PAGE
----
Pentecost 7A

This is the text of the message I prepared for KSSM for Sunday 19th July 2020.  We were still in lockdown.

Matthew 13:24-30, 36-43; Romans 8:12-25

The parables are radical and provocative stories, which is the main reason why they are told at all.  Throughout Matthew 13, and the other chapters made up of parables in the gospels, Jesus is teaching about the Kingdom of Heaven; the way the world will be when God alone reigns and all other kings and empires are overcome by the presence of God fully revealed in the world.  If Jesus was to teach openly about these things, to use a list of facts rather than a story with hidden meaning, then the people who are threatened by the Kingdom’s coming might have an insight into what lays ahead, and arrest and silence Jesus.  Of course this is ultimately what did happen; however, in the short term Jesus was able to get away with teaching subversive stuff by hiding it in his weird little stories.

The villain in the Parable of Weeds is satan, not Caesar nor the Sanhedrin, but this isn’t always the case where Jesus is teaching.  It’s true that satan doesn’t have an army occupying Jerusalem’s posh suburbs, so Jesus might have been able to be a bit more upfront this time, but in the middle of a long teaching time for him he’s kept up the narrative with the parable form.  So, let’s look at what Jesus actually says, openly then in private about what he said in parables and in public.

In Matthew 13:24a Jesus makes it clear that once again (or perhaps “still”) he is talking about the Kingdom of God and specifically what that Kingdom is like.  Then in Matthew 13:24b he tells the unique point of this story, that the Kingdom began as a good and pure idea which in Matthew 13:25 is seen to be destroyed later by the fault of an external force, an enemy who sows destructiveness.  Weeds are destructive, we know this from last week’s parable (which was only five minutes ago in Jesus’ day), where in Matthew 13:22 Jesus describes the weeds as choking influences.  So it is interesting that in this story the master does not instruct his slaves to get rid of the weeds which might choke the wheat; indeed he resists their offer to get out the Roundup because of the potential danger to the good crop.  It is as if Jesus has such faith in the seed of the gospel that he assumes it to be choke-resistant and weeding is not required.  Or maybe his confidence is in the soil, and that his crop will always grow better in his soil than weeds will grow.  “Nah, don’t worry about the weeds in this paddock,” he says, “weeds won’t grow well in that soil anyway so they won’t be a problem.”  Whether it’s a superior class of soil, or of seed, the danger from the weeds is lesser to the good crop than the danger of the weeding.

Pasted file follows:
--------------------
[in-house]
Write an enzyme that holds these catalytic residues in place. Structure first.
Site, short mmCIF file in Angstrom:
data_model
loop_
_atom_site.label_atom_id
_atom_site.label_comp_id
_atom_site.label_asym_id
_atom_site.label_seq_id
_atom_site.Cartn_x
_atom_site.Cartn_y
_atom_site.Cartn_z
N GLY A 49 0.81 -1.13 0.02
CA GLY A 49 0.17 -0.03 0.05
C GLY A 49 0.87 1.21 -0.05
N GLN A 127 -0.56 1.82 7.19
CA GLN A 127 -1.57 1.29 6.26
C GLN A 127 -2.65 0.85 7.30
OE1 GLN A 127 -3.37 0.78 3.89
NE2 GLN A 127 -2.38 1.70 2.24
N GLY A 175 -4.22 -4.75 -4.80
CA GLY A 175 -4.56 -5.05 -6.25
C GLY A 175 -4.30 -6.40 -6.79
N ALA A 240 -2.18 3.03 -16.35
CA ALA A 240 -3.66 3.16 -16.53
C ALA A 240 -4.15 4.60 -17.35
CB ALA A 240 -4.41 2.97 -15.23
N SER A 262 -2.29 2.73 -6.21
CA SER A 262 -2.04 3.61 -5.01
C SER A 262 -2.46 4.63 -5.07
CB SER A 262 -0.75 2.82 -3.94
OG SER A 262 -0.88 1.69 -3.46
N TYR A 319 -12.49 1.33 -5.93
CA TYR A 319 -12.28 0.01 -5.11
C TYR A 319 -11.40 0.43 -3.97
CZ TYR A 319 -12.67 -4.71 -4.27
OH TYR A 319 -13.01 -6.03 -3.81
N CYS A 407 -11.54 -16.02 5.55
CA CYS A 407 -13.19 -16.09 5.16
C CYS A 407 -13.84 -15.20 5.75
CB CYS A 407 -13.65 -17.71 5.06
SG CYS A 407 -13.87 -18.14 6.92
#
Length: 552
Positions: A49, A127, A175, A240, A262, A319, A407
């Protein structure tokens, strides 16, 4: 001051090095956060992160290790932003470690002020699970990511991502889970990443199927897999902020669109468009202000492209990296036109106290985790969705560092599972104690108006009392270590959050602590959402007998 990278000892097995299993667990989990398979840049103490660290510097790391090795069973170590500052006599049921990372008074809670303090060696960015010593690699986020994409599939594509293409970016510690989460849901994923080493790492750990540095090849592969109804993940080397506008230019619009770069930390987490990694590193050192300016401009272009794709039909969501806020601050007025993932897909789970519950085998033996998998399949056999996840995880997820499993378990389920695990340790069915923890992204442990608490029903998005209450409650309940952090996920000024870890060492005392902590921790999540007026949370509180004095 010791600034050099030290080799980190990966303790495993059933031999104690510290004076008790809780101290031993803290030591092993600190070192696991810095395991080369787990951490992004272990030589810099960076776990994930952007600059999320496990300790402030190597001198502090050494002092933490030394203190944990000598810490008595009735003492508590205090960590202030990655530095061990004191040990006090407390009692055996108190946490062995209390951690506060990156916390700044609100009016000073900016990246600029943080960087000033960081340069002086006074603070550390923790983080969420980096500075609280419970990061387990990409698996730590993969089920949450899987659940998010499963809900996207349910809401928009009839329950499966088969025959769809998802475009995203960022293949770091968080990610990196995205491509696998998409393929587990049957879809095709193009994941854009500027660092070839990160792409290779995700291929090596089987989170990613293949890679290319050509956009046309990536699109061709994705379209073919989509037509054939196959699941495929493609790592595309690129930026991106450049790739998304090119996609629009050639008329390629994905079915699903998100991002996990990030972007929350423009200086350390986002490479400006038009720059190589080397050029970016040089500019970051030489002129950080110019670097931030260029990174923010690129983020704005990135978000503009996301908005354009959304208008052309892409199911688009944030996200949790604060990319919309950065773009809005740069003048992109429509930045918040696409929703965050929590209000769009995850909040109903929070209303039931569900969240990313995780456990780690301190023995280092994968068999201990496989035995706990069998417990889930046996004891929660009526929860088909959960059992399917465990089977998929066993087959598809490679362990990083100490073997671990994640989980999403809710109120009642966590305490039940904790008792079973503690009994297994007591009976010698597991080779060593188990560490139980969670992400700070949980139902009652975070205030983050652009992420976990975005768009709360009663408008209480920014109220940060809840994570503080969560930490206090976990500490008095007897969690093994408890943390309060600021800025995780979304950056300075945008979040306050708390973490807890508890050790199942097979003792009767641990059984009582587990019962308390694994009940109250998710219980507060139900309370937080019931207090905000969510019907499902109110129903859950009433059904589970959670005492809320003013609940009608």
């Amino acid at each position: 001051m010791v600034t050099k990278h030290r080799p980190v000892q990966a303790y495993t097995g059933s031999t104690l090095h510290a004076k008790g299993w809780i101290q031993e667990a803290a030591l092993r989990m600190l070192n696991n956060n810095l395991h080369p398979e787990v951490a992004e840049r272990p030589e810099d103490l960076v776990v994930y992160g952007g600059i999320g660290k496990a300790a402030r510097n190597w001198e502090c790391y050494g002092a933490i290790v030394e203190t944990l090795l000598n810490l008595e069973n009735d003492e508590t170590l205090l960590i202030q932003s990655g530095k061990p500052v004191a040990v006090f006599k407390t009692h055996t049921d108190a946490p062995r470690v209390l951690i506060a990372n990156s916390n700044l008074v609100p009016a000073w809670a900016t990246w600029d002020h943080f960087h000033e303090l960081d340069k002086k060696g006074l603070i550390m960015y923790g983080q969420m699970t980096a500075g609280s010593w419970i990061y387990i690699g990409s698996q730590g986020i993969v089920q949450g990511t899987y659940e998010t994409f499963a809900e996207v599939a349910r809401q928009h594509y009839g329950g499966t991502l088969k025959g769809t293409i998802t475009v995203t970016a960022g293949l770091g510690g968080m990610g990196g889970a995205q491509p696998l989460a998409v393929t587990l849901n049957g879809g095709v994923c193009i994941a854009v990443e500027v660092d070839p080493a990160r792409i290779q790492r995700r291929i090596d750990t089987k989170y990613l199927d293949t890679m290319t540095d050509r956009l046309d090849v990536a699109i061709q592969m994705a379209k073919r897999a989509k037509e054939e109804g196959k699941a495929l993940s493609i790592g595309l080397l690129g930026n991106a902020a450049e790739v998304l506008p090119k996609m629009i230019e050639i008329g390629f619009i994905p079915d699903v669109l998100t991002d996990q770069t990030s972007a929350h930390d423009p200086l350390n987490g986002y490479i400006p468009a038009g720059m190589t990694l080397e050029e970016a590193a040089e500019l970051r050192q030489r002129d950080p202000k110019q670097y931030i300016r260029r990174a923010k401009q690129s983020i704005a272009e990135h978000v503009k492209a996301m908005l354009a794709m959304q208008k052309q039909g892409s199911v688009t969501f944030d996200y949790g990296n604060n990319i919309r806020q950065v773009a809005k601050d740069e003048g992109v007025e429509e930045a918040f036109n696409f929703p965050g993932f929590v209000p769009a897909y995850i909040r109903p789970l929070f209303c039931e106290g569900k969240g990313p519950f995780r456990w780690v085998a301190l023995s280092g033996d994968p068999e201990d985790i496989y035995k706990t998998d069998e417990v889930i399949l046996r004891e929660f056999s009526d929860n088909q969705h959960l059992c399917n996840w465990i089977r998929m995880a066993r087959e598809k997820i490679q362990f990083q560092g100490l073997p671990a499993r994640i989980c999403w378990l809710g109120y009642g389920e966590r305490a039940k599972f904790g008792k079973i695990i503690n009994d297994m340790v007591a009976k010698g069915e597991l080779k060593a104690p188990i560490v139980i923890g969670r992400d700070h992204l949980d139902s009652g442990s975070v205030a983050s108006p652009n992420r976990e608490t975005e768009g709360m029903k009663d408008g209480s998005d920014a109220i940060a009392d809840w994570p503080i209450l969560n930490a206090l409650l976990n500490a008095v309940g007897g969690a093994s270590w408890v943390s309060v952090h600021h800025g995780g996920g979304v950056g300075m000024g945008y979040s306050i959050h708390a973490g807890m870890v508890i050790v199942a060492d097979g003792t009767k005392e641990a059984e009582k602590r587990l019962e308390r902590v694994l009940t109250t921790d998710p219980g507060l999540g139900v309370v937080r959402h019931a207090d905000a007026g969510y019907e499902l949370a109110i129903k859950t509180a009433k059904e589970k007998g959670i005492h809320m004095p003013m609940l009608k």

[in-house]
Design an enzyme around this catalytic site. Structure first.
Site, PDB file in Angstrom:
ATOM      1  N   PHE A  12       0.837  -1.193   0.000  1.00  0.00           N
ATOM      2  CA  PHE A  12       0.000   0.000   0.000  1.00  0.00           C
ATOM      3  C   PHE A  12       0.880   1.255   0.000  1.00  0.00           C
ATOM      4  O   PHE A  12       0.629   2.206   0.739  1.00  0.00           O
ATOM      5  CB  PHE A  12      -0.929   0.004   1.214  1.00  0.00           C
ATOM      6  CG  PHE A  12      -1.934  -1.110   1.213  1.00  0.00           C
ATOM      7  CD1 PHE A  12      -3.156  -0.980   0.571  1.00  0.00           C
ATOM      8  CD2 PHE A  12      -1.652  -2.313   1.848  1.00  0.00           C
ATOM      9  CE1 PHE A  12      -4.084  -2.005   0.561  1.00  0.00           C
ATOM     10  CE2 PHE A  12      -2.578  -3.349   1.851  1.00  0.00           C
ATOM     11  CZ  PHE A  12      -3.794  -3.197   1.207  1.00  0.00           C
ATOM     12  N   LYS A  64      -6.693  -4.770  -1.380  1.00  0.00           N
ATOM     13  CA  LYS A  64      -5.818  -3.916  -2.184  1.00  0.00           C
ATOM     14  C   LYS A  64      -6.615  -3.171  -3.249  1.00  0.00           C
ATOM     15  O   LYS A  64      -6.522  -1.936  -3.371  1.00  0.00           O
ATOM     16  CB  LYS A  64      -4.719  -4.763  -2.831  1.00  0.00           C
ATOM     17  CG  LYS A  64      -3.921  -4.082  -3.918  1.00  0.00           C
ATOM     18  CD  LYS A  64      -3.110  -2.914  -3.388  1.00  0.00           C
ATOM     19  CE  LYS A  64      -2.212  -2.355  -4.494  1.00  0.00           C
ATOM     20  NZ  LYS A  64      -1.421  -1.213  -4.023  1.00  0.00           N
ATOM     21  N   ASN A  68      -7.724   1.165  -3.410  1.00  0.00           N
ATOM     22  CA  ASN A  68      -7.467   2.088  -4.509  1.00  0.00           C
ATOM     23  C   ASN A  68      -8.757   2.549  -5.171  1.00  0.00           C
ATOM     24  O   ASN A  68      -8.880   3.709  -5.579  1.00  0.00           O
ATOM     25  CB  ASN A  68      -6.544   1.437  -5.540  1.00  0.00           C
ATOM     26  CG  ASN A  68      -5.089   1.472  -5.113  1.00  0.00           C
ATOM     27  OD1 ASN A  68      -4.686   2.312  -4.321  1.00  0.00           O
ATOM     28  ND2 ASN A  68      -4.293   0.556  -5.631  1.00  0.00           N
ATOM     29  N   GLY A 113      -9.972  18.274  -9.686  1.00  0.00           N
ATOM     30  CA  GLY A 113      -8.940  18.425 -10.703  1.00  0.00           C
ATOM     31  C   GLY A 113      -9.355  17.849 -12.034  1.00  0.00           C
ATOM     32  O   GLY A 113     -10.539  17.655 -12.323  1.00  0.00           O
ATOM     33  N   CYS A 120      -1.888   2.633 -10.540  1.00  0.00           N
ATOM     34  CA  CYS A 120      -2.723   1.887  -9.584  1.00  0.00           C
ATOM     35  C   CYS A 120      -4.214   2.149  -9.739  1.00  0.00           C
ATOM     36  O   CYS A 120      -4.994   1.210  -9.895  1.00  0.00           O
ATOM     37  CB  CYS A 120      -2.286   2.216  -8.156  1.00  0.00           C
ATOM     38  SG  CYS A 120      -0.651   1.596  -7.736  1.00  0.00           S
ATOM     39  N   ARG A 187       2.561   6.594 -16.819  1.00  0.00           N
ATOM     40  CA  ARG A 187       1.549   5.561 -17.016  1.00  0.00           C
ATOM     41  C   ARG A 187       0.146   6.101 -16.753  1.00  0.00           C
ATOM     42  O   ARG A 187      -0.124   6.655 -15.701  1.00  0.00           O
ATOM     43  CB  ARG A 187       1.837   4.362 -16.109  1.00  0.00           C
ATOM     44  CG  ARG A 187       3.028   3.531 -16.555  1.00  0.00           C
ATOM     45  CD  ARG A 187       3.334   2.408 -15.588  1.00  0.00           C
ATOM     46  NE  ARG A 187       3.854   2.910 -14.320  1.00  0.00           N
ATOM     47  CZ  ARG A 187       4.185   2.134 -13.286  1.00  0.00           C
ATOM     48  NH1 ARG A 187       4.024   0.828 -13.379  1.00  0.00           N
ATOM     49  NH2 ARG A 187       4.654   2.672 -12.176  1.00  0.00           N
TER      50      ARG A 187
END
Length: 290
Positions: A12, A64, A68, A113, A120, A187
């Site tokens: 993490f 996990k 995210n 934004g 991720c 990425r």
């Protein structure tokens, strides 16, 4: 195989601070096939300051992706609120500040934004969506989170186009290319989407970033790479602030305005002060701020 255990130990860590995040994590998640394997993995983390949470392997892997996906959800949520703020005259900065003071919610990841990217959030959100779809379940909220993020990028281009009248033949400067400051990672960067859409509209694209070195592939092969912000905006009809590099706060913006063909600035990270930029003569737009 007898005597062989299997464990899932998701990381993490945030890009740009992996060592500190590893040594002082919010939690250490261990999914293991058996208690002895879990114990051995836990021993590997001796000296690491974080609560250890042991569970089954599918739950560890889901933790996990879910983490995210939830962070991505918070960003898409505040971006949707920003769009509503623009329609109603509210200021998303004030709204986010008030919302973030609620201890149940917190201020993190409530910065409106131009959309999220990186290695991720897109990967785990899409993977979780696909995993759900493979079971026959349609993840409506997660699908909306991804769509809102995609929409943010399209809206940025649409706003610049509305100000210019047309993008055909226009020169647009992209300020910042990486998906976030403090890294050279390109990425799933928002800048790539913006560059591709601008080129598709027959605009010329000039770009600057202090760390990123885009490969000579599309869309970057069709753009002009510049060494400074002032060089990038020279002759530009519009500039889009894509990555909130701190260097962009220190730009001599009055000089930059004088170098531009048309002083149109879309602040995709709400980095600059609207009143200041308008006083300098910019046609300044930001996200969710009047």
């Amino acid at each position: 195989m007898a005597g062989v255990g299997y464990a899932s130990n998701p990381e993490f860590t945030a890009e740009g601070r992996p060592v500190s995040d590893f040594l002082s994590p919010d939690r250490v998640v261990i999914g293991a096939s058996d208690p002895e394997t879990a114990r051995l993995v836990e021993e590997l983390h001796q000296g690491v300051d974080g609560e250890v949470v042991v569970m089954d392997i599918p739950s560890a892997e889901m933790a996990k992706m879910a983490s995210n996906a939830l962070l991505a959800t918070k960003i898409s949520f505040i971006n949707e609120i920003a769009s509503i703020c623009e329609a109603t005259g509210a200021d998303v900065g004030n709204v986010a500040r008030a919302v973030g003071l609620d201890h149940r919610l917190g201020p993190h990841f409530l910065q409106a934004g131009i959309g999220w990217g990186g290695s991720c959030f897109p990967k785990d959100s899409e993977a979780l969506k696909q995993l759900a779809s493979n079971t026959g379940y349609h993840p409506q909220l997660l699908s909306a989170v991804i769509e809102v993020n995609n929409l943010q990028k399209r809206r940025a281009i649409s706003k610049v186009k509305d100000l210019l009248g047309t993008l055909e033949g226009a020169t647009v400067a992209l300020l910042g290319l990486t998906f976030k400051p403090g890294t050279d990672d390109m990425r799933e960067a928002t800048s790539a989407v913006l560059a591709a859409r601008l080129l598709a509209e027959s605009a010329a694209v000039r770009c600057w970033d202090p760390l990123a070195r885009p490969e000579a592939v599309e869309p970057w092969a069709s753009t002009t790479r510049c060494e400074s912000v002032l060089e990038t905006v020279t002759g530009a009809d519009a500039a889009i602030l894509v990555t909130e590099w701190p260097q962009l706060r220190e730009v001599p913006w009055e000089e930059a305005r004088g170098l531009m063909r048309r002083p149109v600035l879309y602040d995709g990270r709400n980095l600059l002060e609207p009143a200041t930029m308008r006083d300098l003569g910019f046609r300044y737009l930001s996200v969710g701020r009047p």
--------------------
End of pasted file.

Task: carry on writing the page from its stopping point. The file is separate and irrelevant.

In last week’s parable the seed was the gospel and the soil was your heart; but today the good seed is you (the children of the kingdom according to Matthew 13:38) and the soil is the world.  There are two kinds of seed in this story and that same verse, (Matthew 13:38), tells that there is bad seed which is the children of the world alongside the good seed which you are.  At the right time Jesus will send the angels to remove the weeds and then to gather the harvest; the crop depending upon its seed ends up in the fire or in the barn, and that’s the point of the story.  Last week one of the points made was that good crop can be crowded out or choked by bad crop; this week Jesus’ people are imperilled by satan’s people, but Jesus’ people don’t need rescuing just yet because they will be known by their steadfastness even in peril.

So, what is your seed quality?  Maybe the better question, far more accusative and personal, asks which seed you are.  And, even more blunt, whose child are you?